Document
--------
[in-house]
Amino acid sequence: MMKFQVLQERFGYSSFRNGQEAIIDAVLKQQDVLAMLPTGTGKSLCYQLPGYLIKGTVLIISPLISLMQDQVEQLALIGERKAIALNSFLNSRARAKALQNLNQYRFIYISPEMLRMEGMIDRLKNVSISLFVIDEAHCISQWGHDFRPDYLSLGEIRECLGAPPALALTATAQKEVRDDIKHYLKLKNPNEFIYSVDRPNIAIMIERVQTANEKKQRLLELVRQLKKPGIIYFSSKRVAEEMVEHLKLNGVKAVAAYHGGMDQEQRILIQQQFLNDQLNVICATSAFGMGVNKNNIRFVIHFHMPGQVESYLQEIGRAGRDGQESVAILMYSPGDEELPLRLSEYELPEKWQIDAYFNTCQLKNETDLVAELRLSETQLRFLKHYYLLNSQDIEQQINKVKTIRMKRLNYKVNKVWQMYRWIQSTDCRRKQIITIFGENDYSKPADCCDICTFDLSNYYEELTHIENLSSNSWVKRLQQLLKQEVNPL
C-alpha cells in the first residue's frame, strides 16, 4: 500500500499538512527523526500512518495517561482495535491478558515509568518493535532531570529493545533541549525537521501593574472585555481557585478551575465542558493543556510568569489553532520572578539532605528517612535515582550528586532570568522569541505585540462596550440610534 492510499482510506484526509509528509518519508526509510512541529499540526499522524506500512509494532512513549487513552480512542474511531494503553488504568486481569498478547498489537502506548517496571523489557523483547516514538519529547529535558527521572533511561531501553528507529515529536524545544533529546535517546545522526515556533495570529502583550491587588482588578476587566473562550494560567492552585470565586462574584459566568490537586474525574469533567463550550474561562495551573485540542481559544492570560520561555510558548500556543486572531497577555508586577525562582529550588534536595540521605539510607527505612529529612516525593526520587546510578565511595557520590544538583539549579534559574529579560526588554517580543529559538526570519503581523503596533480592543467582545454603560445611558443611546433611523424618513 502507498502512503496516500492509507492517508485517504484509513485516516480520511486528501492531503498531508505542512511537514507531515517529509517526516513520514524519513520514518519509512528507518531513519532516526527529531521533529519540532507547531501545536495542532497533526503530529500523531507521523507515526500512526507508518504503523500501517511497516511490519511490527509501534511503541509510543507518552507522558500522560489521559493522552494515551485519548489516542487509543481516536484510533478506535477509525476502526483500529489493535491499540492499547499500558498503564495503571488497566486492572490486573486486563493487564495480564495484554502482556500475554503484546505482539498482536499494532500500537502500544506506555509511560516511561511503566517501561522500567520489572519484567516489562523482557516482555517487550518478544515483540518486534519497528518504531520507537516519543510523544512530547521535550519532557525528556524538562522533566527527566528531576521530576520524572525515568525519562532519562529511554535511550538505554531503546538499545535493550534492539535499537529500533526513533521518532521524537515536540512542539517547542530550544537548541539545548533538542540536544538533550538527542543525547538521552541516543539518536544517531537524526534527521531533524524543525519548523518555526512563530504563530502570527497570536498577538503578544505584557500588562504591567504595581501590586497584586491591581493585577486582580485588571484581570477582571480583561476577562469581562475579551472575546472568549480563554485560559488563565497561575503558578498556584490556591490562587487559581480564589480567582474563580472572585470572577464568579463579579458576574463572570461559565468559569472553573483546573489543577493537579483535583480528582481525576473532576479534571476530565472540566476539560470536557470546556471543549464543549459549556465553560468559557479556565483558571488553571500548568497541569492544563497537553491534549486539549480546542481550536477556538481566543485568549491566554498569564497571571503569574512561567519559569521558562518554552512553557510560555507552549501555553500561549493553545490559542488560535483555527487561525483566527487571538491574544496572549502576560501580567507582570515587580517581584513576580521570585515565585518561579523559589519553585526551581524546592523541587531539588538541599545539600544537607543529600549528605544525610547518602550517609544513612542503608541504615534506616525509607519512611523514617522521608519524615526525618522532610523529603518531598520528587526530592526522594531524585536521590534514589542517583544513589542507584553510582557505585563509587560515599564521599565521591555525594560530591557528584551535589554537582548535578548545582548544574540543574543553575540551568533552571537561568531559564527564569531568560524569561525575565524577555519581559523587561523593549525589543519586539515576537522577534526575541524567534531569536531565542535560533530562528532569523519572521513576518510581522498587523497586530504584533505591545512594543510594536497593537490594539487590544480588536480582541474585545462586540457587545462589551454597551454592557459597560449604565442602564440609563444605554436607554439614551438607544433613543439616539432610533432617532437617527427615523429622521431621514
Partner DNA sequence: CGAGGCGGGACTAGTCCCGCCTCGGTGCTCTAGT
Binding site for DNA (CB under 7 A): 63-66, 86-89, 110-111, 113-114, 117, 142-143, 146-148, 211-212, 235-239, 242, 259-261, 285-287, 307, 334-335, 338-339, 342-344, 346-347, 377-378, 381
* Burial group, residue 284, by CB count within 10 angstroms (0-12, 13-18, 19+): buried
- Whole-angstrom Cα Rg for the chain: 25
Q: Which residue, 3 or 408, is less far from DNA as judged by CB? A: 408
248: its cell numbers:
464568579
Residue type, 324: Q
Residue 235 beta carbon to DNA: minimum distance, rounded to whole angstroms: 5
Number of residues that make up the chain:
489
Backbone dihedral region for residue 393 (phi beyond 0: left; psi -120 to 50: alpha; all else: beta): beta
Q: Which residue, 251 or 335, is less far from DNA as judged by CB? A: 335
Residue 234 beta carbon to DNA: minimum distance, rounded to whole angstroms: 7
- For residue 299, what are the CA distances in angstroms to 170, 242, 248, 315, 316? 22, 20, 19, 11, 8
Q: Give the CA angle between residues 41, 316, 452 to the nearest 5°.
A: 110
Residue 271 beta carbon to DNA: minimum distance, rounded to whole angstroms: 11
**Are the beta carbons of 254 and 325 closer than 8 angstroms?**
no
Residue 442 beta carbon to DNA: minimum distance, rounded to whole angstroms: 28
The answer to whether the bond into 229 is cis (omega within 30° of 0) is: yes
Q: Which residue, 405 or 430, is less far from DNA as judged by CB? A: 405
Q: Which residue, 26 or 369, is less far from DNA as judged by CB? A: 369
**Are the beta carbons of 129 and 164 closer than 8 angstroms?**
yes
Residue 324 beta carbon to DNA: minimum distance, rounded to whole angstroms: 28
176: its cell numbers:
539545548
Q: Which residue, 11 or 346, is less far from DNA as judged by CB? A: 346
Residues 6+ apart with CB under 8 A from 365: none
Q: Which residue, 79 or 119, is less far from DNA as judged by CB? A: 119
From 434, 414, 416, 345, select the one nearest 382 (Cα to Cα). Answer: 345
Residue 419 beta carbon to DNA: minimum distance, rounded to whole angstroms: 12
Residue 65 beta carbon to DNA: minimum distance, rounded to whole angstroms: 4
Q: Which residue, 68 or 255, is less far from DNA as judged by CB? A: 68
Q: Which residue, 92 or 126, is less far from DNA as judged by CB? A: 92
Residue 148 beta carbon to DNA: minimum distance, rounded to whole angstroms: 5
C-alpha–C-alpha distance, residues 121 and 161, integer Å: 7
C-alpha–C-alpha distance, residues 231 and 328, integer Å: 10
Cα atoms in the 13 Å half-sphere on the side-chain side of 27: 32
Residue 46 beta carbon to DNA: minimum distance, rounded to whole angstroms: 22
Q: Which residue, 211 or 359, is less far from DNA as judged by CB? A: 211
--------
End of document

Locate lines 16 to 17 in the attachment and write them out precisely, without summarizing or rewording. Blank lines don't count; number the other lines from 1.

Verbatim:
Q: Which residue, 251 or 335, is less far from DNA as judged by CB? A: 335
Residue 234 beta carbon to DNA: minimum distance, rounded to whole angstroms: 7